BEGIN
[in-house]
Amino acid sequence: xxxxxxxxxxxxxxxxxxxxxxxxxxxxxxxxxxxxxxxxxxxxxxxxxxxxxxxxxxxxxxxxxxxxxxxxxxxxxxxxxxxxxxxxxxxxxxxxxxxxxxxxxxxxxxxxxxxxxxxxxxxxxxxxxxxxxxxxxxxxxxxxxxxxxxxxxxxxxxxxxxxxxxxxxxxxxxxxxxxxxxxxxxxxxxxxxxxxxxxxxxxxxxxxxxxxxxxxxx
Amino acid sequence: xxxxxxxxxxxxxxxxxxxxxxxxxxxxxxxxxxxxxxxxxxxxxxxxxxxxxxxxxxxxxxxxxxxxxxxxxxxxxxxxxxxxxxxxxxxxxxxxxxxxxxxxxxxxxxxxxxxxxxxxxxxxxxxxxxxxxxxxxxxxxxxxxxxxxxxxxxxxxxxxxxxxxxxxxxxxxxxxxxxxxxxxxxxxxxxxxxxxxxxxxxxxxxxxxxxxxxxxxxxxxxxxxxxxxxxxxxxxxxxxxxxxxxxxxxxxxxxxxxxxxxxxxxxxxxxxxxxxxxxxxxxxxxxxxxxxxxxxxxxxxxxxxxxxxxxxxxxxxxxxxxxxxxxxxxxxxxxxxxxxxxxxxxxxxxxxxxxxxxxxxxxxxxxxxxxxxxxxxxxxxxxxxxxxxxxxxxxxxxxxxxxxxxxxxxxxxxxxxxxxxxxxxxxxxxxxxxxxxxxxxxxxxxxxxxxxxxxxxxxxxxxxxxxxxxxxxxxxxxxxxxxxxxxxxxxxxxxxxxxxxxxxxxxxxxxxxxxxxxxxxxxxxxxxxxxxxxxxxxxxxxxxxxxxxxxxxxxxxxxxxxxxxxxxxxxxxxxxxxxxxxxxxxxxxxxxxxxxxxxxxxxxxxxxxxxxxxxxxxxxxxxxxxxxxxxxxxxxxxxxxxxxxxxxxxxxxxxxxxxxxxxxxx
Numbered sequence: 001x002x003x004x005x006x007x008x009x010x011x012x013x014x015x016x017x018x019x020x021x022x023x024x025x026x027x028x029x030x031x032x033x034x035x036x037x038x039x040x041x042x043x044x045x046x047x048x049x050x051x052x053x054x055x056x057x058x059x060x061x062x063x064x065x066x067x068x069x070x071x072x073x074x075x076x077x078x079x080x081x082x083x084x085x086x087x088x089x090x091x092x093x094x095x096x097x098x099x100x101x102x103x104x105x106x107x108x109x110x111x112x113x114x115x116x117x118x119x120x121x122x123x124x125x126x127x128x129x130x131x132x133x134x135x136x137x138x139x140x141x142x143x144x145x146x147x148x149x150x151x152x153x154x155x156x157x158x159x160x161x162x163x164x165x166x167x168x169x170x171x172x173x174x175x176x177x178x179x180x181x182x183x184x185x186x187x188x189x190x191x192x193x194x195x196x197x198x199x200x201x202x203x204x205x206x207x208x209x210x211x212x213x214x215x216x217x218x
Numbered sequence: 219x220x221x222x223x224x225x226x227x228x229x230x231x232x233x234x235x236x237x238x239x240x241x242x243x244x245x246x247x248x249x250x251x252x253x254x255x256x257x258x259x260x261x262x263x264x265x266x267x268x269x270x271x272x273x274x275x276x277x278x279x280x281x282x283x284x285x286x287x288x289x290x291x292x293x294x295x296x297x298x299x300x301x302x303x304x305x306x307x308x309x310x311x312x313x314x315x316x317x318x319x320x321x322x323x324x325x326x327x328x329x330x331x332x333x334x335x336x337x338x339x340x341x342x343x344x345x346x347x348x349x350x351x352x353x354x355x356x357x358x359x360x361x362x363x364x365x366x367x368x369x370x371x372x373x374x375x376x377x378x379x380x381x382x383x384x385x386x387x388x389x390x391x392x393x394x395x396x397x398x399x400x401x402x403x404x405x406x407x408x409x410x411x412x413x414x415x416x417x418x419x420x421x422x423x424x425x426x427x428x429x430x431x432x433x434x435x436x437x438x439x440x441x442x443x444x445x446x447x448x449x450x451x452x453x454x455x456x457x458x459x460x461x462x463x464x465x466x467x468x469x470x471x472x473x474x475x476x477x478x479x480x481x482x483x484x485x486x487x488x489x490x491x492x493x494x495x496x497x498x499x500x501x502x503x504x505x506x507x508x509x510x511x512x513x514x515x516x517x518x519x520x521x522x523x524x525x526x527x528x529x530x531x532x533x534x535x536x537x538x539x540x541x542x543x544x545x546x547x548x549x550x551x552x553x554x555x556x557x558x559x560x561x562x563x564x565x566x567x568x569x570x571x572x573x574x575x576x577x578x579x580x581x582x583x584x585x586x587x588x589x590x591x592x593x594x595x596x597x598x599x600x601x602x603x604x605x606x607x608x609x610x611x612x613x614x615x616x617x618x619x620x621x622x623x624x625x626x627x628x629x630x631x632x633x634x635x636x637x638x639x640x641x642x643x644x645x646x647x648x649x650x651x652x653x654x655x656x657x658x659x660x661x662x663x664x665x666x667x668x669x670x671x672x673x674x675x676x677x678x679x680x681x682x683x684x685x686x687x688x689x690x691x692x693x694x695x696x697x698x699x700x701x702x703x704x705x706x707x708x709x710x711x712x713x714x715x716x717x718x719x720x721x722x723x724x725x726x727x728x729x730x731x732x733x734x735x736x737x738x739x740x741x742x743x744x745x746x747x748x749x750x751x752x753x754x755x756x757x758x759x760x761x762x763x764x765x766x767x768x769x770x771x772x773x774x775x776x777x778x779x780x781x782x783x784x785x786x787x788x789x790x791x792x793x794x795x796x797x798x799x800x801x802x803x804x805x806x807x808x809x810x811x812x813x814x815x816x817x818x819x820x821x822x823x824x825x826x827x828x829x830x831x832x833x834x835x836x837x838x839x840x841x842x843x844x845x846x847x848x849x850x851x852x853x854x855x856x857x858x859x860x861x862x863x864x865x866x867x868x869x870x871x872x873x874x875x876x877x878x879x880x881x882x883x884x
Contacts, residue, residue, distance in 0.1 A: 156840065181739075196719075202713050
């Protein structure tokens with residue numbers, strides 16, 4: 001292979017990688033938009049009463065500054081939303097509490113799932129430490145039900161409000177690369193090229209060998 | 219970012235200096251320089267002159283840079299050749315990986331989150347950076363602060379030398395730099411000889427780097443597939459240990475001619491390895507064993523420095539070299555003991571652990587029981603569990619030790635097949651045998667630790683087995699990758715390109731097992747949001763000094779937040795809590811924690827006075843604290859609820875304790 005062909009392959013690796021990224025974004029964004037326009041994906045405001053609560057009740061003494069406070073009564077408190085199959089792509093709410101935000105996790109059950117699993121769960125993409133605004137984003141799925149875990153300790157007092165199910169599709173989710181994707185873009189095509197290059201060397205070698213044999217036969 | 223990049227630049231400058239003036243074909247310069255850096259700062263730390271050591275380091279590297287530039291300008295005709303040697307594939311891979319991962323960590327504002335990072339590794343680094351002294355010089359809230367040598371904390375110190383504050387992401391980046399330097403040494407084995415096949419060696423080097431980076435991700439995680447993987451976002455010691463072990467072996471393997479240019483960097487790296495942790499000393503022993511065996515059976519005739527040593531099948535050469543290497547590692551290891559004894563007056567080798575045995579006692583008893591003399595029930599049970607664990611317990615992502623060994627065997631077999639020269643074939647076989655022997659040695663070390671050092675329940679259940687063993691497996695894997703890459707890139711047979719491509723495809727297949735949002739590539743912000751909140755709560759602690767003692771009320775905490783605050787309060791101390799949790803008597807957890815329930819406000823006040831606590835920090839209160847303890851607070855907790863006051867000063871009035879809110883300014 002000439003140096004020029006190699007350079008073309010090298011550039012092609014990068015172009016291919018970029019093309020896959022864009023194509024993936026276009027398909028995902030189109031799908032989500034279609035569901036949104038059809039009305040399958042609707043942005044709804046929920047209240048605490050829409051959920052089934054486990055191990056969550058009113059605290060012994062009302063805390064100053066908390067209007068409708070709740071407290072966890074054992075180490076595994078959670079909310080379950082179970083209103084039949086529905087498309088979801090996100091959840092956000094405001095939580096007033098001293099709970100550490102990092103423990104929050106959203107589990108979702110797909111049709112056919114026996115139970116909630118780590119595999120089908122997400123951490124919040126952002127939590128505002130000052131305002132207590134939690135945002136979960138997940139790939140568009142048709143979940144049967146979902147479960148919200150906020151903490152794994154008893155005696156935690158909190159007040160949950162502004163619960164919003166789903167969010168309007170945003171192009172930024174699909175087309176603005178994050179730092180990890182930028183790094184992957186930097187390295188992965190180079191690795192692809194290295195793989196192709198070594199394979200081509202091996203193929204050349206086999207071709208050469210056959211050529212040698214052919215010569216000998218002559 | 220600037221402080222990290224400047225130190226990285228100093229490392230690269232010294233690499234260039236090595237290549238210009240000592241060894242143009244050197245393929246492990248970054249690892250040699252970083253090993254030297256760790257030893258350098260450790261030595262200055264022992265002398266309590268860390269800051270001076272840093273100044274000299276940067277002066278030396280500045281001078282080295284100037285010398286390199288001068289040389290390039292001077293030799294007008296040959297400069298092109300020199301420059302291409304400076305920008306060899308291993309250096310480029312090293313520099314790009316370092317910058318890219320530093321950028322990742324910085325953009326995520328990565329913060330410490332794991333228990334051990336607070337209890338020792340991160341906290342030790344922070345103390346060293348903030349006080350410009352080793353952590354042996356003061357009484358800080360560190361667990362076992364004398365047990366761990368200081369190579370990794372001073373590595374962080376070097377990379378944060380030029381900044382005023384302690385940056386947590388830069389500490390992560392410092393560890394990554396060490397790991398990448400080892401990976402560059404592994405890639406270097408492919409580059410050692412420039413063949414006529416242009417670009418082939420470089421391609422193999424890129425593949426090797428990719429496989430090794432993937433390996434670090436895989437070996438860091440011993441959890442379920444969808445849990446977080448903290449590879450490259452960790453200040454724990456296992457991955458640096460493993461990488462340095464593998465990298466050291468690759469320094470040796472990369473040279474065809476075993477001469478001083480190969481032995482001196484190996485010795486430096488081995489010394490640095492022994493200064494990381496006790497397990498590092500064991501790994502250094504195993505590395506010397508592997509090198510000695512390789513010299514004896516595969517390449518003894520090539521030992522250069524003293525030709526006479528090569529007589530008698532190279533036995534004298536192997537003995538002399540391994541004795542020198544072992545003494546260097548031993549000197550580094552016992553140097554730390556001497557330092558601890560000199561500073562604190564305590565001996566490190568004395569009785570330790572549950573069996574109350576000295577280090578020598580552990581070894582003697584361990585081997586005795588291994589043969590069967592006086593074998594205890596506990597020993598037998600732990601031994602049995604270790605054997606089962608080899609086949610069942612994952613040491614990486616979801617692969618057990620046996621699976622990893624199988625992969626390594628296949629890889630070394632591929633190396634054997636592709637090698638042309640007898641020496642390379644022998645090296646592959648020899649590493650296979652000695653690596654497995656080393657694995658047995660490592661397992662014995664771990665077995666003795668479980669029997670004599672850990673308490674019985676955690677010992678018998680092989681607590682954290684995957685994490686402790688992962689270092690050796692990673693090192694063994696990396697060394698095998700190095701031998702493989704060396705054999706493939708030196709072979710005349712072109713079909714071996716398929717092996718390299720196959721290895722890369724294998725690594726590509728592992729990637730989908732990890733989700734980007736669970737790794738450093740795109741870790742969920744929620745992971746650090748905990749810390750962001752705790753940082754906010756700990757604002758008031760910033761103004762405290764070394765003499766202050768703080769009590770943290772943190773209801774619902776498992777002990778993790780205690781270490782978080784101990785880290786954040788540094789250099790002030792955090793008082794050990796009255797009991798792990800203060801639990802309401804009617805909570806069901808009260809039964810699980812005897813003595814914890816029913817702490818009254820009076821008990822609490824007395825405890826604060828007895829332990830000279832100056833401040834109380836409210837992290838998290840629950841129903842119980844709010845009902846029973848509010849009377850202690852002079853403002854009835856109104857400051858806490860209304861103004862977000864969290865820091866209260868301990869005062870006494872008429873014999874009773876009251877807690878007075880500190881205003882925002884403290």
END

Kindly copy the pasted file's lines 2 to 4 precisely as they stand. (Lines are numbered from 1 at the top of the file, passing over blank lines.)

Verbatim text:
Amino acid sequence: xxxxxxxxxxxxxxxxxxxxxxxxxxxxxxxxxxxxxxxxxxxxxxxxxxxxxxxxxxxxxxxxxxxxxxxxxxxxxxxxxxxxxxxxxxxxxxxxxxxxxxxxxxxxxxxxxxxxxxxxxxxxxxxxxxxxxxxxxxxxxxxxxxxxxxxxxxxxxxxxxxxxxxxxxxxxxxxxxxxxxxxxxxxxxxxxxxxxxxxxxxxxxxxxxxxxxxxxxx
Amino acid sequence: xxxxxxxxxxxxxxxxxxxxxxxxxxxxxxxxxxxxxxxxxxxxxxxxxxxxxxxxxxxxxxxxxxxxxxxxxxxxxxxxxxxxxxxxxxxxxxxxxxxxxxxxxxxxxxxxxxxxxxxxxxxxxxxxxxxxxxxxxxxxxxxxxxxxxxxxxxxxxxxxxxxxxxxxxxxxxxxxxxxxxxxxxxxxxxxxxxxxxxxxxxxxxxxxxxxxxxxxxxxxxxxxxxxxxxxxxxxxxxxxxxxxxxxxxxxxxxxxxxxxxxxxxxxxxxxxxxxxxxxxxxxxxxxxxxxxxxxxxxxxxxxxxxxxxxxxxxxxxxxxxxxxxxxxxxxxxxxxxxxxxxxxxxxxxxxxxxxxxxxxxxxxxxxxxxxxxxxxxxxxxxxxxxxxxxxxxxxxxxxxxxxxxxxxxxxxxxxxxxxxxxxxxxxxxxxxxxxxxxxxxxxxxxxxxxxxxxxxxxxxxxxxxxxxxxxxxxxxxxxxxxxxxxxxxxxxxxxxxxxxxxxxxxxxxxxxxxxxxxxxxxxxxxxxxxxxxxxxxxxxxxxxxxxxxxxxxxxxxxxxxxxxxxxxxxxxxxxxxxxxxxxxxxxxxxxxxxxxxxxxxxxxxxxxxxxxxxxxxxxxxxxxxxxxxxxxxxxxxxxxxxxxxxxxxxxxxxxxxxxxxxxxxx
Numbered sequence: 001x002x003x004x005x006x007x008x009x010x011x012x013x014x015x016x017x018x019x020x021x022x023x024x025x026x027x028x029x030x031x032x033x034x035x036x037x038x039x040x041x042x043x044x045x046x047x048x049x050x051x052x053x054x055x056x057x058x059x060x061x062x063x064x065x066x067x068x069x070x071x072x073x074x075x076x077x078x079x080x081x082x083x084x085x086x087x088x089x090x091x092x093x094x095x096x097x098x099x100x101x102x103x104x105x106x107x108x109x110x111x112x113x114x115x116x117x118x119x120x121x122x123x124x125x126x127x128x129x130x131x132x133x134x135x136x137x138x139x140x141x142x143x144x145x146x147x148x149x150x151x152x153x154x155x156x157x158x159x160x161x162x163x164x165x166x167x168x169x170x171x172x173x174x175x176x177x178x179x180x181x182x183x184x185x186x187x188x189x190x191x192x193x194x195x196x197x198x199x200x201x202x203x204x205x206x207x208x209x210x211x212x213x214x215x216x217x218x